“Even when someone decides to stop cancer-directed treatment, this does not mean that we stop treating them from a symptom and quality of life standpoint,” said Campanella. “Attention shifts to what is most important to the individual and what they need to feel as good as possible for as long as possible.”

Medical care after stopping cancer treatment can involve the use of palliative care. These services focus on relieving symptoms and providing emotional, social, and spiritual support. As people approach the end-of-life phase, hospice care may also be part of the care plan at home or a hospice facility.

“[These care teams] can help provide intensive symptom-focused care to allow someone to feel as good as possible and support doing the things that are most important to them, such as spending time with friends or family,” explained Lally.

With palliative care, clinical visits may become less frequent, and people typically have fewer tests, procedures, and exams performed. Discontinuing all testing, procedures, and even follow-up visits for people getting hospice care is common.

“This is a welcomed relief for some and anxiety-producing for others, as we stop examining their body with a microscope and take a step back to look at the whole picture,” Campanella noted. “This often means more time at home with loved ones and healthcare that focuses on good symptom management in addition to supporting a person and their family as they navigate a new chapter of their life.”

“The decision to stop treatment is often made over time and in collaboration with someone’s healthcare team as well as their family,” explained Lally. She noted that these conversations should be based on a clear picture of what matters to the person receiving treatment and how they want to spend their time, no matter how much they have left.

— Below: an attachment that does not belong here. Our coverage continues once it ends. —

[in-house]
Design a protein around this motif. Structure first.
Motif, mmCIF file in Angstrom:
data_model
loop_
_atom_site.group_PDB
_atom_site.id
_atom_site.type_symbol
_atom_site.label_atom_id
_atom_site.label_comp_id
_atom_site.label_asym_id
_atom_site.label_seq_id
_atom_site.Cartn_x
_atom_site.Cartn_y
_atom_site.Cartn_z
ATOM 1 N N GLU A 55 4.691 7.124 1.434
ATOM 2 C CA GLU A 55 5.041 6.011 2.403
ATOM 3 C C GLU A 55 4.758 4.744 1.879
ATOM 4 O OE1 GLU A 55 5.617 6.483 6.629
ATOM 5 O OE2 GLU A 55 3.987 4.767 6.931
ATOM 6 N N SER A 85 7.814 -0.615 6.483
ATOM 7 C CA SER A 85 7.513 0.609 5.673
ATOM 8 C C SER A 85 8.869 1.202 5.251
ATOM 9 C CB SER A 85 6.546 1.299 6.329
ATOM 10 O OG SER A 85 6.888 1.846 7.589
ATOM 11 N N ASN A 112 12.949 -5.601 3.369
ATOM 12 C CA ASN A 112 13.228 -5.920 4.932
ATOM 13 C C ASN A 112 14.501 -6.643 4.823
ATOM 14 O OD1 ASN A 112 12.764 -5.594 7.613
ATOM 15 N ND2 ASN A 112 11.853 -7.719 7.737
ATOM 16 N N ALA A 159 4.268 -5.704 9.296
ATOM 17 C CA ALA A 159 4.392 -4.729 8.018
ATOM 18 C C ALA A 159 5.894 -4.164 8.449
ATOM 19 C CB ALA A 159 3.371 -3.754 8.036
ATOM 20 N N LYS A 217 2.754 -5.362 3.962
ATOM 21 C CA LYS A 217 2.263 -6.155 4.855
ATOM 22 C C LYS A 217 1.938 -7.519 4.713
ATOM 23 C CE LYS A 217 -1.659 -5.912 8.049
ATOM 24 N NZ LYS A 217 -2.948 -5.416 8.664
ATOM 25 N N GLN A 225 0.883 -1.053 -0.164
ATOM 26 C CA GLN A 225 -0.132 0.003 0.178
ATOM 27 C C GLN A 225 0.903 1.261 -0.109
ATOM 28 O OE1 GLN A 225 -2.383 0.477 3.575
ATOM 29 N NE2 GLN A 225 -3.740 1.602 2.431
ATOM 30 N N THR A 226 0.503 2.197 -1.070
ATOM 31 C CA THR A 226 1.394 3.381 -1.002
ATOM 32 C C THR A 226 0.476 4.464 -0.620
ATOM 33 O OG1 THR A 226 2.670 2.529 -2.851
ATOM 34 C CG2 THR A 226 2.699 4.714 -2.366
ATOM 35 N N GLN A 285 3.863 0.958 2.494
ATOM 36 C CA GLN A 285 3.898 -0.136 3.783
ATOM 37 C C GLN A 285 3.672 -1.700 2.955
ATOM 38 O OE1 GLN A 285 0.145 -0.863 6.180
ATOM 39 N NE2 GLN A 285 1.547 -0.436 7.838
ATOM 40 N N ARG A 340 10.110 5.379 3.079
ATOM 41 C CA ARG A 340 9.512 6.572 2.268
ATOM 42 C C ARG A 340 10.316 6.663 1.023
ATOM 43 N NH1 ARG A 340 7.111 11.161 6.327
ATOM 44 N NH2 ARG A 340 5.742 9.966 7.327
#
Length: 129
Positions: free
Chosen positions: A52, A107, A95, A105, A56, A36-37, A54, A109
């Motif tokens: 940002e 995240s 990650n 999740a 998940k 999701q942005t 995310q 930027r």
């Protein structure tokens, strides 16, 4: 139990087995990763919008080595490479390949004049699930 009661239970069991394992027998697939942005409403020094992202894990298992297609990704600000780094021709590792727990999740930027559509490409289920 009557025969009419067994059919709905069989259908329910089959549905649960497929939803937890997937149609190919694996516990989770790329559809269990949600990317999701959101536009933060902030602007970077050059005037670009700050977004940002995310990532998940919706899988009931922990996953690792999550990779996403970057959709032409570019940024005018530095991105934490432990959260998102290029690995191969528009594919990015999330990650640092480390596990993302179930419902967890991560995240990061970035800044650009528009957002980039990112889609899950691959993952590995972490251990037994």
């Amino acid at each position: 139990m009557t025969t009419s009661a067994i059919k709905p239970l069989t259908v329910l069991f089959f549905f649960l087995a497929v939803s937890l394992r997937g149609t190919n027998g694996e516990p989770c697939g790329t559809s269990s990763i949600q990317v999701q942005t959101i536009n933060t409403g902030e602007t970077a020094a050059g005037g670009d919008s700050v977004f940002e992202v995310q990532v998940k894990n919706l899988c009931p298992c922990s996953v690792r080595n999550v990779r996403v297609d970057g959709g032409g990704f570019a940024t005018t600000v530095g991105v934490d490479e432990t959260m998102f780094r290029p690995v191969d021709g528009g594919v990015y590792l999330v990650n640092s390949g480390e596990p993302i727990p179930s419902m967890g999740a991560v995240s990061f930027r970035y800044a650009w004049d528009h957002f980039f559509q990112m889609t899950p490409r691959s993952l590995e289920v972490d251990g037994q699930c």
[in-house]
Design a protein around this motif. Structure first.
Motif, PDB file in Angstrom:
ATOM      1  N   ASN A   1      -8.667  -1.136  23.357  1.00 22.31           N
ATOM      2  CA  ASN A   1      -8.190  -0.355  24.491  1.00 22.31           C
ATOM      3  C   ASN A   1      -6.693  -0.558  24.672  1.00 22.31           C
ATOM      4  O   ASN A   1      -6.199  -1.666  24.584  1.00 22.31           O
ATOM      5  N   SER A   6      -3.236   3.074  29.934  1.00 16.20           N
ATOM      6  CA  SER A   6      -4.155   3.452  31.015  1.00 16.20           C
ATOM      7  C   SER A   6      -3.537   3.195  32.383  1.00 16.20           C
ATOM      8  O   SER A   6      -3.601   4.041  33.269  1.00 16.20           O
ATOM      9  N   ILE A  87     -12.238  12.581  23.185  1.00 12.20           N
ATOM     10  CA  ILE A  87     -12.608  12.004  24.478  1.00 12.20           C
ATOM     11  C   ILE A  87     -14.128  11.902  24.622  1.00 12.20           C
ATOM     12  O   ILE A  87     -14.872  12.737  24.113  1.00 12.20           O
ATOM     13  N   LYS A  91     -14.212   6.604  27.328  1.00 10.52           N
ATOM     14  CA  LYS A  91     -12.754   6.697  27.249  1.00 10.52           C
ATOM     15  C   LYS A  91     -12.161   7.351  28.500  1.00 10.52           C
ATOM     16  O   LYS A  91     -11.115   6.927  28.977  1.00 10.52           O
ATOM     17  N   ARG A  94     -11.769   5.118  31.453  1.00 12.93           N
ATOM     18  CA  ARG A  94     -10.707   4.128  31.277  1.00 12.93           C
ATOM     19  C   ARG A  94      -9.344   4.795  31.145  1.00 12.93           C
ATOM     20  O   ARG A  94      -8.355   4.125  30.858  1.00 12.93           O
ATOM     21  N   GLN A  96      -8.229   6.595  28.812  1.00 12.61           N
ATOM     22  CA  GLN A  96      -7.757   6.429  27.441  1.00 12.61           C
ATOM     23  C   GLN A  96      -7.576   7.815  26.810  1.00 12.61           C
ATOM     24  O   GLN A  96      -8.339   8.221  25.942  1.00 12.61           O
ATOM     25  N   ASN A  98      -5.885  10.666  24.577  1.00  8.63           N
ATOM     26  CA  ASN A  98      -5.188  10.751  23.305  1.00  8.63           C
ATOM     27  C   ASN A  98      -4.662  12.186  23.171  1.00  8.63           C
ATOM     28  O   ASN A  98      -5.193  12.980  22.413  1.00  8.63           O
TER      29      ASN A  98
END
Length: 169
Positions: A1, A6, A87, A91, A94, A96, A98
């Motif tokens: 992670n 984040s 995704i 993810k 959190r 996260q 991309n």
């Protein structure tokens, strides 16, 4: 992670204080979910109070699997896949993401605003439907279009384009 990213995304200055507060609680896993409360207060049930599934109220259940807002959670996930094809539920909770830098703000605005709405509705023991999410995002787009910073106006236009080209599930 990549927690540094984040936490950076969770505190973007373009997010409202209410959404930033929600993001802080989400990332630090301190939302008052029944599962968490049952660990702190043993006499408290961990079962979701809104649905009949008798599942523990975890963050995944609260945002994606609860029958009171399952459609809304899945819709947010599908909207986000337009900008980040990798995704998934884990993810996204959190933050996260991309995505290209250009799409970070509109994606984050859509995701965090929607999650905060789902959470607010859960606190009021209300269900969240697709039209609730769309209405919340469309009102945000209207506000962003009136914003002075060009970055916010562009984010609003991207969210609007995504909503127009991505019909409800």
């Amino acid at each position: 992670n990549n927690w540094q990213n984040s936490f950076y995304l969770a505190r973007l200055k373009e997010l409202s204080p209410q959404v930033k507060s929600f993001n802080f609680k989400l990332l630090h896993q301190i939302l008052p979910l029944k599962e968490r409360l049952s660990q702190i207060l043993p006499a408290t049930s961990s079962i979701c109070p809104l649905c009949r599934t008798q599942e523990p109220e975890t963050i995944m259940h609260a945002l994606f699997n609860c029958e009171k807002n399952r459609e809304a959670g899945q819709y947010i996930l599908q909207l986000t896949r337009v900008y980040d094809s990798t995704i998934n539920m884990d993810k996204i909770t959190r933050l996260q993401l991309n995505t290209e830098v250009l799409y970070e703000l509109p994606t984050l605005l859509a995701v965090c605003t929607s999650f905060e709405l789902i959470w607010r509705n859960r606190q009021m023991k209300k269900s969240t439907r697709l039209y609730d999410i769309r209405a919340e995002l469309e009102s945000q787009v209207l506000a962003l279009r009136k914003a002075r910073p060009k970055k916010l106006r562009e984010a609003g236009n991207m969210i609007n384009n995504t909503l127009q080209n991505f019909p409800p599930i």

“If ongoing treatment is helping to meet those goals without undue burden, then it likely makes sense to continue,” she said. “But if someone is starting to have significant symptoms as a result of treatment, it may make sense to consider stopping treatment, particularly if those symptoms are taking time away from loved ones.”

“My advice is to never be afraid to ask questions and always share what is important to you and what scares you,” said Campanella.

“Honest conversations about the ongoing burdens versus benefits of treatment are essential,” Lally agreed. “It can often be difficult for families to hear that a loved one wants to stop treatment, so speaking honestly about your concerns with ongoing treatment and the hardships that may result is important.”

For people who need support navigating these difficult conversations with their healthcare teams or family members, a palliative care specialist or hospice professional can help put their goals and concerns into words. Additional online resources are available through professional organizations and support groups.

The decision to stop treatment for metastatic breast cancer is a highly personal one based on a person’s response to treatment and their individual goals and priorities. When the benefits of cancer treatment no longer outweigh the burden it places on a person, they may choose to stop treatment and pursue other options to preserve their quality of life as long as possible.

Healthcare teams and loved ones can help support people with metastatic breast cancer as they consider their options. “Having the confidence and courage to have hard conversations well before any decisions have to be made can make handling the many unknowns of the future so much easier,” concluded Campanella. “It can also greatly reduce stress, both around ongoing hard conversations and around big decisions like stopping treatment.”